Wigan Athletic teddy bears?

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Indeed, ’tis true. Take a gander at the website of any moderately successful football club and you ‘ll find a whole plethora of other naff items for sale, ranging from the standard mugs and window stickers to the more unusual team branded undercrackers and even flavoured condoms. Probably.

When Uncle Dave decided to cut the vast part of his ties with a certain Wigan-based sports store, it became apparent that, oh crumbs, we had nowhere to stock our licensed crud. Fans had nowhere to go and ask for Latics flasks, calculators and bike pumps (and usually be told they had none in stock, but that ‘s against the point).

We no longer had to fear, for the all-new club shop, in all its pokey side-alley glory, was here to save us. Stocking such items as unsigned Amr Zaki and Antonio Valencia photographs, it truly was a Santa ‘s Grotto for the discerning gadget ‘n ‘ stuff-hungry Laticoholic.

There ‘s one particular item, though, that the shop does not stock – a ‘classic Latics ‘ DVD, a potted history of the club. Yes, there are ‘ten best games at the JJB ‘ and ‘fans ‘ top ten players ‘ DVDs, and these are a step in the right direction.

I read with much interest No1fan ‘s “Are You a Real Fan” article (Mudhutter Football Express 18), and found myself largely agreeing with his comments on the ‘divide ‘ between the ‘old guard ‘ and the club ‘s newer supporters. It is something I have noticed, particularly on certain Latics fan forums and messageboards.

It ‘s rather unfortunate, as those beginning to take a genuine interest in Wigan Athletic are tarred with the same brush as your typical Man U or Bolton supporter dropping into the DW just to cheer on the away team and laugh at the hundreds of empty seats. As far as I can ascertain, this does not happen, at least to such an extent, at other clubs.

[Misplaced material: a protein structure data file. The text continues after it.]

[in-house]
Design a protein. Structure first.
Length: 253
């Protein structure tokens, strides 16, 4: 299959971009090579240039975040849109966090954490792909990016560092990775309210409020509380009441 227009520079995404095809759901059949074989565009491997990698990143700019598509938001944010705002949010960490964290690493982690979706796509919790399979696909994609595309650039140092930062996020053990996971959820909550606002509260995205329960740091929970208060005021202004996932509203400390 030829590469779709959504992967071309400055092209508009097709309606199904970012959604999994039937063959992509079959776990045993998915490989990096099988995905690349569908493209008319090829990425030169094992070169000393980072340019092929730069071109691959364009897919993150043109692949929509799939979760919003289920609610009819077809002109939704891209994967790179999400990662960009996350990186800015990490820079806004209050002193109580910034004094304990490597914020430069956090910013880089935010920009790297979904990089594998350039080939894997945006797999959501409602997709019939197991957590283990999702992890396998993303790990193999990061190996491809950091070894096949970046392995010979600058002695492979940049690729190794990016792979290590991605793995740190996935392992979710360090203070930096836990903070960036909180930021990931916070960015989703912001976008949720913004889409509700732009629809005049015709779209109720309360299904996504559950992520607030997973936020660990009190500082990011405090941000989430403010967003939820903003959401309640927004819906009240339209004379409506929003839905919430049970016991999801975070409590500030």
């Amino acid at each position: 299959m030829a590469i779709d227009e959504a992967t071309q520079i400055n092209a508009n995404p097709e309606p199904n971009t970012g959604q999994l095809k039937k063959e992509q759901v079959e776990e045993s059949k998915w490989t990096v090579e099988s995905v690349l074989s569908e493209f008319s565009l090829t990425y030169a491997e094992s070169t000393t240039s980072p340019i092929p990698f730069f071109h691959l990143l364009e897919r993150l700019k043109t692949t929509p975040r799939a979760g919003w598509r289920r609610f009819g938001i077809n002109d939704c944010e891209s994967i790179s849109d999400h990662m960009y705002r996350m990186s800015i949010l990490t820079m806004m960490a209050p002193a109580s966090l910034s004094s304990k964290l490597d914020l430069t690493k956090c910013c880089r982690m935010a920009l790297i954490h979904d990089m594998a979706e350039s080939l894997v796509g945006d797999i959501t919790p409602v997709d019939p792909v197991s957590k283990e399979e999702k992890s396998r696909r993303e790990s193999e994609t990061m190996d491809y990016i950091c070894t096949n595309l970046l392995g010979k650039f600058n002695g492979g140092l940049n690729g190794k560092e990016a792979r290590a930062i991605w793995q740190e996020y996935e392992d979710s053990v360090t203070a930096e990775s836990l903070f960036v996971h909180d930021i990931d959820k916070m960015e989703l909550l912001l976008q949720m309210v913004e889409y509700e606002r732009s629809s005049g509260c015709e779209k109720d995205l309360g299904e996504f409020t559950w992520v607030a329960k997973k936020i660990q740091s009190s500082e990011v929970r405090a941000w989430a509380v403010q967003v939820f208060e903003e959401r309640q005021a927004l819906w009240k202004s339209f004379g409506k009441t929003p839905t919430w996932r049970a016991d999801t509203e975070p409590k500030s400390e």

The club could go a long way to redressing the balance by paying a bit more attention to the club ‘s history. In his youth, my father was a rugby man, and only ever went to one or two Latics games in the 70s and 80s. My grandfather is a Man City fan, so there ‘s little chance of learning about Wigan ‘s formative years from him.

As a kid, I had to actively scout out books and scrounge match programmes just to learn about this stuff. At the risk of sounding like an old codger, these were the days before the Internet and mobile telephones so all I knew about the likes of Graham Barrow and Peter Houghton came from a couple of grainy mugshots and the occasional report in the Evening Post.

I would have loved some sort of video footage of these guys in their heyday. I understand it would be relatively few and far between, but maybe the guys at Micron Video could cobble something together. Even if it contained predominantly 90s/00s highlights, that would be better than nothing. Heck, if they gave me access to the masters I ‘d probably make one for them for nothing, because we owe it to the new generation of supporters.

Image used with absolutely no permission from the official website.
Dan, Jesus Was a Wiganer

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